- Life After Truth, by Ceridwen Dovey. Viking. $32.99.
Having enjoyed the mischievous charm of Ceridwen Dovey's collection of stories, Only the Animals, involving astute observations about human behaviour from the souls of well-connected lesser creatures, I was keen to read her new novel, Life After Truth.
A single sentence synopsis would suggest an appealing narrative: 15 years after graduation from Harvard, five friends "on the cusp of middle-age" meet at a college reunion, "still pursuing elusive happiness and wondering if they've wasted their youthful opportunities".
A promising outline, surely, but perhaps unfulfilled. More of which later.
The five central characters are scarily smart, and (mostly) rich and famous.
Jules is a successful film star; Jomo, the founder and director of a gem company, and Louise is a professor of hedonics (the science of happiness and pleasure) and a best-selling author of high-end self-help books.
Making up the five are married couple, Rowan, a high school principal in the lower paid public stream with lofty principles, and Mariam, mother of their two daughters, and a sometime pastry chef.
The problem, as I see it, has to do with structure and narrative style.
Each chapter marks a time scale for the reunion weekend, taking the friends' differing points of view in sequence, with a third-person narration.
But the style is discursive rather than descriptive; exposition with minimal dialogue, forming - for want of a better phrase - internalised monologues.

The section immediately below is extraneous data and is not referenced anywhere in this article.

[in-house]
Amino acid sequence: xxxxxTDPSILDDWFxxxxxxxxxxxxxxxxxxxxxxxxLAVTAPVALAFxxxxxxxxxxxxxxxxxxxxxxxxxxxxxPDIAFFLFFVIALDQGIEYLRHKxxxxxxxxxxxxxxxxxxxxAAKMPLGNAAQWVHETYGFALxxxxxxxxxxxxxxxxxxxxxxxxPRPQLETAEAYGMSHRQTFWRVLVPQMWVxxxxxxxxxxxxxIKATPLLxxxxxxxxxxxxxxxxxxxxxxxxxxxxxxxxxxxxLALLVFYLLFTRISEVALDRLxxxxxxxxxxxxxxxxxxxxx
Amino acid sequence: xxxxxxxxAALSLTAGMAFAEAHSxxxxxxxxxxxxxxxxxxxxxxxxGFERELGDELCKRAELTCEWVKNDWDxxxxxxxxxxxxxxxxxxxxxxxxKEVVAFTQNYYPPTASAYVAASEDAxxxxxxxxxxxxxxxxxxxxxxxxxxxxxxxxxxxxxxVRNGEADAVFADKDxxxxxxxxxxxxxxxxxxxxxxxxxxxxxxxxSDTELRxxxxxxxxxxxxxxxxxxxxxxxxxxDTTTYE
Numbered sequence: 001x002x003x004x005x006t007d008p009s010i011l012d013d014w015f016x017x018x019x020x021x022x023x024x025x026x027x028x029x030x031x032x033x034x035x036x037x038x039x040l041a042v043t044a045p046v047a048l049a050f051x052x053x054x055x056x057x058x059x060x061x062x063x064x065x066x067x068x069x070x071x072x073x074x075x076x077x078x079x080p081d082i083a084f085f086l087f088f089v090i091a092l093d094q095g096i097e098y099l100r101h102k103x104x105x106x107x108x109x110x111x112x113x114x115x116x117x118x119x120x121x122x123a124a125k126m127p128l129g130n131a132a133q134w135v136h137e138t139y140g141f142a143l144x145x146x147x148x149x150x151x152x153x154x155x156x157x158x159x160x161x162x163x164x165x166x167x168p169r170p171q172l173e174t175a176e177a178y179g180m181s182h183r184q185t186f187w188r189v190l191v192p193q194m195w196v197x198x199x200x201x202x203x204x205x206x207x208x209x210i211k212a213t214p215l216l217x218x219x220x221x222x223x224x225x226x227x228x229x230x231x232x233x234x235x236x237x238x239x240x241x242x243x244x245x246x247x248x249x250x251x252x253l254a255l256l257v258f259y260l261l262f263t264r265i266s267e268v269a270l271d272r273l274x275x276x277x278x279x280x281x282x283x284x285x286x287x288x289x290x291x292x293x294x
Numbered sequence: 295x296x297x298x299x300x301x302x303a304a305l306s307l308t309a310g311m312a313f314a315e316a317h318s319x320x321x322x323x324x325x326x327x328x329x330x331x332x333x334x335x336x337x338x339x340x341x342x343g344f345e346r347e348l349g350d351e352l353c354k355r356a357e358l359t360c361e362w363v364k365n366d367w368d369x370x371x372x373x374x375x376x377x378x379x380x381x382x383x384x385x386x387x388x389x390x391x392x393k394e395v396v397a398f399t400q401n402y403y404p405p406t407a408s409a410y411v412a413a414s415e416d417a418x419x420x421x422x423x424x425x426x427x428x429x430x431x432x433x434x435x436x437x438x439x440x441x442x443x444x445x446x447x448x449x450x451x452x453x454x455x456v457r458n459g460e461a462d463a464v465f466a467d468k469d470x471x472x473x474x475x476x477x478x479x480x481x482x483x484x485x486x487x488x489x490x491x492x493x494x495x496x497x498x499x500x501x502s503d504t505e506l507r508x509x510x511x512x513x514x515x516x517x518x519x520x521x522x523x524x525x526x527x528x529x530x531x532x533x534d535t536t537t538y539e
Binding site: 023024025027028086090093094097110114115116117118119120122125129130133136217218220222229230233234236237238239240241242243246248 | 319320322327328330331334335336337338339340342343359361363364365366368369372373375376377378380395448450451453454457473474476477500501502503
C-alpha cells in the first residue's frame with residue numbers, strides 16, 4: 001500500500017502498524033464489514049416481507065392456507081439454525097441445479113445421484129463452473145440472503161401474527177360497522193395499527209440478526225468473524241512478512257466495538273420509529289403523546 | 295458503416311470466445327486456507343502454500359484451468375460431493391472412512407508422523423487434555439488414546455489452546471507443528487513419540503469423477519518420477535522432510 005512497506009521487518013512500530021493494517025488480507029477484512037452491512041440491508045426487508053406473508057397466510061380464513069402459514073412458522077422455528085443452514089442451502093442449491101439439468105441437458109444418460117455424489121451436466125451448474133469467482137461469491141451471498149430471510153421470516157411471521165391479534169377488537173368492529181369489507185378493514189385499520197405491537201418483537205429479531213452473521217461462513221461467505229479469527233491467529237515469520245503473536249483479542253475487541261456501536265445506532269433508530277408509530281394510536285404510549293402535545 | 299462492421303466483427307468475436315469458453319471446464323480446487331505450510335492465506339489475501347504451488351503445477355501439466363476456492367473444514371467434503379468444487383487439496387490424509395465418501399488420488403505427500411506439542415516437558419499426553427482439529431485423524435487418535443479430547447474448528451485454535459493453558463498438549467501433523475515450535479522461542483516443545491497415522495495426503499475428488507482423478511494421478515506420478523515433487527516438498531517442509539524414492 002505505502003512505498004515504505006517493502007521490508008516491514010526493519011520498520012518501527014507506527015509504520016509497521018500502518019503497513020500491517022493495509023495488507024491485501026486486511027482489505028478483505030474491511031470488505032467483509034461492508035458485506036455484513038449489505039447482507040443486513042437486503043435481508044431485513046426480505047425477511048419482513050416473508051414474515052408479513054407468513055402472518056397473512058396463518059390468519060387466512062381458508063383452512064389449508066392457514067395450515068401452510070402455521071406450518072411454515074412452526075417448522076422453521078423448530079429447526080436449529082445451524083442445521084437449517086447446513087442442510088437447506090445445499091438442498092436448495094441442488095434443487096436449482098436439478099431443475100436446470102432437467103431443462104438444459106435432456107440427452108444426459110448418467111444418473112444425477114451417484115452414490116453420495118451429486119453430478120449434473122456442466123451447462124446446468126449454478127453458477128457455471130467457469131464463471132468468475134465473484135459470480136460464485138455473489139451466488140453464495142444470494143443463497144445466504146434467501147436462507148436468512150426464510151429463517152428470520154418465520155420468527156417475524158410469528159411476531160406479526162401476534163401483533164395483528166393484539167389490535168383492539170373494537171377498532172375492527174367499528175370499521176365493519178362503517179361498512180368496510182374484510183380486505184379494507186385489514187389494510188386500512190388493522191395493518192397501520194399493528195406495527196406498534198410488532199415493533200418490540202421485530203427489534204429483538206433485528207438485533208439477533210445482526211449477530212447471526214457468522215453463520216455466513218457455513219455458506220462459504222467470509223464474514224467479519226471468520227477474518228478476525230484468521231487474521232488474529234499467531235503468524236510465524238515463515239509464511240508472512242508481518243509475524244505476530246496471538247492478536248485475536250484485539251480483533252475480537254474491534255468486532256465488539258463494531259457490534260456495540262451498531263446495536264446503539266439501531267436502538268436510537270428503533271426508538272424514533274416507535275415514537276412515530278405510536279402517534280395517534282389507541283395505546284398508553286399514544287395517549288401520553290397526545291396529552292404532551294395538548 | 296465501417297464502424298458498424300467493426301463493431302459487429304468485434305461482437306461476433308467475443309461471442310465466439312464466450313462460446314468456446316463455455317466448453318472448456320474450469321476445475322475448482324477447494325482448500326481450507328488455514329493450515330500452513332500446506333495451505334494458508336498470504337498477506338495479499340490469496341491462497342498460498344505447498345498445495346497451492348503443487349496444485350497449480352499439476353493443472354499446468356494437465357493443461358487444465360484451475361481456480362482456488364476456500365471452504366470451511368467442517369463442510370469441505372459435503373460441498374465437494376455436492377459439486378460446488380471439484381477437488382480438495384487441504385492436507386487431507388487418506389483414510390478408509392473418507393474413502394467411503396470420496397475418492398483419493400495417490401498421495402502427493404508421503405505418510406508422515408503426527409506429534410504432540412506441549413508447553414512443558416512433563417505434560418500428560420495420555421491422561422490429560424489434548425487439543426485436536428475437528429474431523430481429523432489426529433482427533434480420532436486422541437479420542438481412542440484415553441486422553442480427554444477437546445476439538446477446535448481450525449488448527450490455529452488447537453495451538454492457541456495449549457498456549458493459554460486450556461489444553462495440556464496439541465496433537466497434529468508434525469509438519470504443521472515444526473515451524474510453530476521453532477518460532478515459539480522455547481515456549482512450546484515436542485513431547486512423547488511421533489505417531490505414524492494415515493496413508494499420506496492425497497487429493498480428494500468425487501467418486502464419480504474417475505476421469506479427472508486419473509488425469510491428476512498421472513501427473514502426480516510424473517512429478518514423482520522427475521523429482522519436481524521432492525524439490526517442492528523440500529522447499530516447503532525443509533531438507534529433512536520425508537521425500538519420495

These are often witty and occasionally wise, but apt to wander off into a series of Russian Doll linked memories, leaving this reader impressed by their sophisticated intelligence, but also wishing they might have been shown rather than told.
An appearance of Frederick Reese, the son of a recently elected, and much despised, Presidential Trump clone, fails to focus narrative action beyond a moment of surprise.
However, beneath the carefully studied surface of this intriguing novel the chemistry is still bubbling.
Jules and Jomo are noisily opting for a quieter life; Louise is considering taking advice from a robotic model of her own brain; Rowan's self-consciously defensive grudge about principled penury is causing ructions, while Mariam is coyly embarrassed about rediscovering her religious faith.
In short, this novel has much to offer (and cover quotes suggest much has been received) but sadly, for me - fondly remembering Only the Animals - it stalls for perceptions of technique.
- Ian McFarlane is a Canberra author and reviewer.